I got about 20 new trees planted, but that’s moot now.
3. Make the Food Forest AWESOME
I came up with a really cool method of direct-seeding nitrogen-fixing trees in with my corn. If I had stuck it out, we would have made this goal. I added a lot to the food forest in the first half of 2020.
4. Grow 1,000lbs of food
Not sure if we made this goal or not. A friend on the island has been harvesting lots and lots of cassava and sweet potatoes from the gardens we left behind. He also says my banana trees are now loaded. It is painful to think about what we left.
5. Finish the Main House
As the pandemic arrived, I decided not to do any more building. I just wasn’t feeling settled. We put the land up for sale instead – at a loss.
6. Get Jack Broccoli II in Print
This is actually happening… but more on that in a minute.
7. Launch a New YouTube Series
I had this idea of doing 10-minute segments where we see what we can get done just in that time period. I didn’t do it. Pandemic again.
8. Get the Current Buildings Waterproofed and Painted
But I did get all the buildings buttoned up and livable before we left. It was a fun ride.
9. Write Another Gardening Book (or Three)
While under lockdown I wrote Florida Survival Gardening and got it published in mid-June. I also re-wrote my booklet Create Your Own Florida Food Forest and expanded it into a large, illustrated book. We’re still working on the illustrations, but the text is complete. Finally, Jack Broccoli II is now done and off to the printers!
I greatly look forward to that one coming out. The first in the series was good, but this one is awesome.
So I had maybe a 1/3 success rate on my original goals for the year. But there were other successes.
- During the beginning panic part of the pandemic, my books Grow or Die and Totally Crazy Easy Florida Gardening both EXPLODED on Amazon, giving me more daily sales than I have ever seen before.
- Youtube views went way up, though during the height of the pandemic I had terrible internet and had to climb to the top of a mountain ridge to get cell signal in order to record and post.
- My single-row fall garden has done quite well, and I’ve also had some interesting results from my 12-bed garden amendment experiment.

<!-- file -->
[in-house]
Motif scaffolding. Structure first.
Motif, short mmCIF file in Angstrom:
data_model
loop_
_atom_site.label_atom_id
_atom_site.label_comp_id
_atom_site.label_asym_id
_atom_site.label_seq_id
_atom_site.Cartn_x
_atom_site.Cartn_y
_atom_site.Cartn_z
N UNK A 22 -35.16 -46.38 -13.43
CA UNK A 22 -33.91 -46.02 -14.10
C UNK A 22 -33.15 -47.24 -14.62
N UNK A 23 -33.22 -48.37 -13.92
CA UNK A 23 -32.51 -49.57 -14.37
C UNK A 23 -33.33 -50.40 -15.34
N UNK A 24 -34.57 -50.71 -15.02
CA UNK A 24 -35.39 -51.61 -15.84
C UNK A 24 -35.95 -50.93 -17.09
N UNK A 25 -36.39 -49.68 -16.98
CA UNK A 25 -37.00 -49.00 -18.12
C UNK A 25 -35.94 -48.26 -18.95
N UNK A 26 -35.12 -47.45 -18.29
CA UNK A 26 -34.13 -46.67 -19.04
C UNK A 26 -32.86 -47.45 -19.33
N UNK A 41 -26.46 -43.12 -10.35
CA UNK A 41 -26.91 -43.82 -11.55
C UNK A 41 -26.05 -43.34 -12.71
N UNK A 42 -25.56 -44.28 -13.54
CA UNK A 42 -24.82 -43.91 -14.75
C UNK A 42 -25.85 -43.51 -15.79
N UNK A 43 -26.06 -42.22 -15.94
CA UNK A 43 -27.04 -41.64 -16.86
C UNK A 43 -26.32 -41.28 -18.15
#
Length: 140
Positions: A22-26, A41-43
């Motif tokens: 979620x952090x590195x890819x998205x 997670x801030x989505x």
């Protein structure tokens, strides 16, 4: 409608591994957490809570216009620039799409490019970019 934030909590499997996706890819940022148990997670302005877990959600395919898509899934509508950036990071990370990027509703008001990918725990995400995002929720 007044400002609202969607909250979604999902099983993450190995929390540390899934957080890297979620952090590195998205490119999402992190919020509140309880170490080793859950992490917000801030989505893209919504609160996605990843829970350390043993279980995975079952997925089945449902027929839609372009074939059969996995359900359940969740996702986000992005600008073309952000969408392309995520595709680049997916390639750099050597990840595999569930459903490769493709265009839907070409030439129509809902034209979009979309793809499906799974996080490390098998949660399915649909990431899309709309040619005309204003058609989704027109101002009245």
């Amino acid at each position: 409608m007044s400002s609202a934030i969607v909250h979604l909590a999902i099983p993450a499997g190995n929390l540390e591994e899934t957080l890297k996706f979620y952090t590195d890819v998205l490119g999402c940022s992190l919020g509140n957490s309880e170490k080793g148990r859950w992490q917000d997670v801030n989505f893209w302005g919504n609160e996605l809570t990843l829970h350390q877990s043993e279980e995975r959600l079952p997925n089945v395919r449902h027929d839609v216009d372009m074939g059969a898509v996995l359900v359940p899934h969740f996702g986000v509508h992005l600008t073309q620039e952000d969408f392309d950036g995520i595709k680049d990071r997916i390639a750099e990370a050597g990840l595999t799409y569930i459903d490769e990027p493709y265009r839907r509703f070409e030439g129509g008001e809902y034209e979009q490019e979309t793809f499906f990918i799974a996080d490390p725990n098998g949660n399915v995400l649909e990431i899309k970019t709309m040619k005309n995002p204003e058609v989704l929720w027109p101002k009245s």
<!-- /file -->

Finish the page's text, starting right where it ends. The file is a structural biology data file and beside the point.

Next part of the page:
- At the beginning of the year, the Tropical Tomato Growing Experiment gave us a clear winner – “Carbon” – which is a my new go-to heirloom recommended variety for steamy, disease-prone areas.
- We managed to get quite a few fruit trees planted at our church before leaving the island. Hopefully those will be there for years to come.
- We found a new church in Alabama, so we’re back in fellowship.
- Though I lost a lot of money this year, the higher book sales kept us afloat, as did the extra donations and superchats from readers and viewers, along with gifts from friends who helped us move home.
- My video channel at Unauthorized.TV has continued to slowly grow in subscribers.
Blog Posts (167)
This was the worst year of posting since this blog began, mostly because of our terrible internet situation during lockdown, followed by a stretch of moving, then a hurricane. And then another hurricane. Still, 167 posts is more than most gardening bloggers. Almost everyone I used to consider my blogging peers are long gone, but I’m still here and I’m not quitting.
Old Scrubland Vantage, Cottage Life on Pilgrim’s Farm, Southern Forager, Greenbasket.me, gone! Yet here I am.
The breakdown by month:
YouTube Videos (118)
Despite some gaps in the year, we still managed to get 118 YouTube videos done. I probably would have had more done this month but I spent a lot of time sick in the middle of December.
Tiny House Expat Living
Along with my YouTube videos, I also documented the building of our cabins on Grenada in Tiny House Expat Living, which ran for 22 episodes. They are only available at Unauthorized.TV and are a lot of fun. Kind of sad to see all we did, but hey – we learned a ton. I can build again.
The big takeaway from this year is that God is in control and He took care of us in remarkable ways. He even sent us a free piano this month (thank you, Sheri!), which I have greatly enjoyed playing.
I cannot complain a bit. Spring gardening here is going to be a blast, now that we know what is wrong with the soil and we’ve seen what works and what doesn’t thanks to the tests we started running in fall. I’ve met some wonderful people at church as well as my new best gardening friend Elizabeth who lives just a few miles away and has already been dealing with the same soil issues. We have other good friends here who visited us at Christmas despite us being in quarantine – and brought presents!
The children are all healthy and strong and are very glad to be back in a place where they can have good friends. And I got some nice paintings done this year.
All in all, it was far from boring and ended better than we could have dreamed. Thanks for sticking with us. May God give you a wonderful 2021.